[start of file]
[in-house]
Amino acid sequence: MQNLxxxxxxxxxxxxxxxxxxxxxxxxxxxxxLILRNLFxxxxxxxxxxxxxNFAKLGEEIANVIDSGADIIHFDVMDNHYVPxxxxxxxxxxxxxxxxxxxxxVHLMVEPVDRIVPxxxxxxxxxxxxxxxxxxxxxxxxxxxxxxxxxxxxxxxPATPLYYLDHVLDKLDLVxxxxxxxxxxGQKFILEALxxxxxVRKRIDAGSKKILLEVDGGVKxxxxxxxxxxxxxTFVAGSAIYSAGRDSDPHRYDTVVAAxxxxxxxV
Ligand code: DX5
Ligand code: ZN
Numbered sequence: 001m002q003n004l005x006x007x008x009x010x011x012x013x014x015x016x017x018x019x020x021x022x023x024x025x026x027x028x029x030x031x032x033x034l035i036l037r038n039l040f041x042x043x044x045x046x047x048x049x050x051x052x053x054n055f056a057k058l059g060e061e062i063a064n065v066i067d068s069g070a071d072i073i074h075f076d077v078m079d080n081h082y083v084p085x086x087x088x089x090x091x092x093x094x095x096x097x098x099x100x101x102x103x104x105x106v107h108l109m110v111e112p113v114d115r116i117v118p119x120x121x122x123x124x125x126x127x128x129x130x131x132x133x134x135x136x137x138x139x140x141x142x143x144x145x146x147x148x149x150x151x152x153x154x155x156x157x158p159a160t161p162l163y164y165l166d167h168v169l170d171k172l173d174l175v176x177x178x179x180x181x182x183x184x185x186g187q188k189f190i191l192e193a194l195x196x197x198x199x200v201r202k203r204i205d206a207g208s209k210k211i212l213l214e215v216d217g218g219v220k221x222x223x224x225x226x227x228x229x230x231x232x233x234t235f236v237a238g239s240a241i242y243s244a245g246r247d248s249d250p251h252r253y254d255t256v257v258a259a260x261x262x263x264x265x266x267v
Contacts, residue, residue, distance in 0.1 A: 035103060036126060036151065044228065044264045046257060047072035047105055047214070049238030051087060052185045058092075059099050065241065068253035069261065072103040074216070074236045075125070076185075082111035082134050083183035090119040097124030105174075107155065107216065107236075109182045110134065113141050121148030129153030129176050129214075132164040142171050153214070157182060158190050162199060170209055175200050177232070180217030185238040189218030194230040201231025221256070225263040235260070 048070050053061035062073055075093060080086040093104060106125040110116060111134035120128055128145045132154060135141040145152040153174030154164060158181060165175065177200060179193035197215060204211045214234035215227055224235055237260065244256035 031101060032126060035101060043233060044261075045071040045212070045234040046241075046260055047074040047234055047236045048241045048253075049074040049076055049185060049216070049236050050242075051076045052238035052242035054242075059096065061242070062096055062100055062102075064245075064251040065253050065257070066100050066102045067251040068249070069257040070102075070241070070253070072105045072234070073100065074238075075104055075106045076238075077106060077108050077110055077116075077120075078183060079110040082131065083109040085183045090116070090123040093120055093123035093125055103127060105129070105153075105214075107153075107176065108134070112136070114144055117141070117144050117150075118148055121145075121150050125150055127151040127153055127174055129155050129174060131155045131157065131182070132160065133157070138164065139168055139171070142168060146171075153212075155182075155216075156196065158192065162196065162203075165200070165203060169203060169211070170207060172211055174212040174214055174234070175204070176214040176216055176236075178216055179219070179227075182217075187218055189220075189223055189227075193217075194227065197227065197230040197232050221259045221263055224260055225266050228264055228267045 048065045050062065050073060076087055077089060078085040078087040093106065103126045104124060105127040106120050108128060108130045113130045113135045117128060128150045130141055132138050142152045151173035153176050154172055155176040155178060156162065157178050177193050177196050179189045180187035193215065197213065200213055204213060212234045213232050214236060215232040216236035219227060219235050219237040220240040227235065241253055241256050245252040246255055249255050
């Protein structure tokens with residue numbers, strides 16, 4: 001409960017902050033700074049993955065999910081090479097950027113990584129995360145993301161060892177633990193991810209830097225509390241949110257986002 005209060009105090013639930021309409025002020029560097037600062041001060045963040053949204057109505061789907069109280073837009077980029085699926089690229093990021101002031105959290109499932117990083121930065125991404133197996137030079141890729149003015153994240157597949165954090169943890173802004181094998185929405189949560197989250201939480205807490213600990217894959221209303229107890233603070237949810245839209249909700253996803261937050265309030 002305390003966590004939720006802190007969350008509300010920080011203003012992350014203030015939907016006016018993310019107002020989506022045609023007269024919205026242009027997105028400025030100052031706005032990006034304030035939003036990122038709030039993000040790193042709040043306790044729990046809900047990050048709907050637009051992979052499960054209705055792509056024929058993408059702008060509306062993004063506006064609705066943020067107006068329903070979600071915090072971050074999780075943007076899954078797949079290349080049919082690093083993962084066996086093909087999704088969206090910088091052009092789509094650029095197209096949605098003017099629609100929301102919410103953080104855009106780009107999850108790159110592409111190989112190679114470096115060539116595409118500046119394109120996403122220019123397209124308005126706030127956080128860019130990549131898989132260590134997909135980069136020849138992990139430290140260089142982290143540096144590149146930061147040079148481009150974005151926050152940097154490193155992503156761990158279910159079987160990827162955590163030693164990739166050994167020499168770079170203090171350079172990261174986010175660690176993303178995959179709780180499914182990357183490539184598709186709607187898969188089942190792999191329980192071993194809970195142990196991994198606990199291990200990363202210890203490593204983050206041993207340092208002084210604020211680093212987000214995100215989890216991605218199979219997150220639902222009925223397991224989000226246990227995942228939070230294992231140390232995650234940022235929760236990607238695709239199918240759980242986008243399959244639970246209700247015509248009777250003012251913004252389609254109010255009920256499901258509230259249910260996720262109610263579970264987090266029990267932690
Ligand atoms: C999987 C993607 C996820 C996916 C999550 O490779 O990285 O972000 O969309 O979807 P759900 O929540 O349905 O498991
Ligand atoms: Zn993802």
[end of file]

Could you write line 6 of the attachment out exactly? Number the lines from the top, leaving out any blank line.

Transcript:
Contacts, residue, residue, distance in 0.1 A: 035103060036126060036151065044228065044264045046257060047072035047105055047214070049238030051087060052185045058092075059099050065241065068253035069261065072103040074216070074236045075125070076185075082111035082134050083183035090119040097124030105174075107155065107216065107236075109182045110134065113141050121148030129153030129176050129214075132164040142171050153214070157182060158190050162199060170209055175200050177232070180217030185238040189218030194230040201231025221256070225263040235260070 048070050053061035062073055075093060080086040093104060106125040110116060111134035120128055128145045132154060135141040145152040153174030154164060158181060165175065177200060179193035197215060204211045214234035215227055224235055237260065244256035 031101060032126060035101060043233060044261075045071040045212070045234040046241075046260055047074040047234055047236045048241045048253075049074040049076055049185060049216070049236050050242075051076045052238035052242035054242075059096065061242070062096055062100055062102075064245075064251040065253050065257070066100050066102045067251040068249070069257040070102075070241070070253070072105045072234070073100065074238075075104055075106045076238075077106060077108050077110055077116075077120075078183060079110040082131065083109040085183045090116070090123040093120055093123035093125055103127060105129070105153075105214075107153075107176065108134070112136070114144055117141070117144050117150075118148055121145075121150050125150055127151040127153055127174055129155050129174060131155045131157065131182070132160065133157070138164065139168055139171070142168060146171075153212075155182075155216075156196065158192065162196065162203075165200070165203060169203060169211070170207060172211055174212040174214055174234070175204070176214040176216055176236075178216055179219070179227075182217075187218055189220075189223055189227075193217075194227065197227065197230040197232050221259045221263055224260055225266050228264055228267045 048065045050062065050073060076087055077089060078085040078087040093106065103126045104124060105127040106120050108128060108130045113130045113135045117128060128150045130141055132138050142152045151173035153176050154172055155176040155178060156162065157178050177193050177196050179189045180187035193215065197213065200213055204213060212234045213232050214236060215232040216236035219227060219235050219237040220240040227235065241253055241256050245252040246255055249255050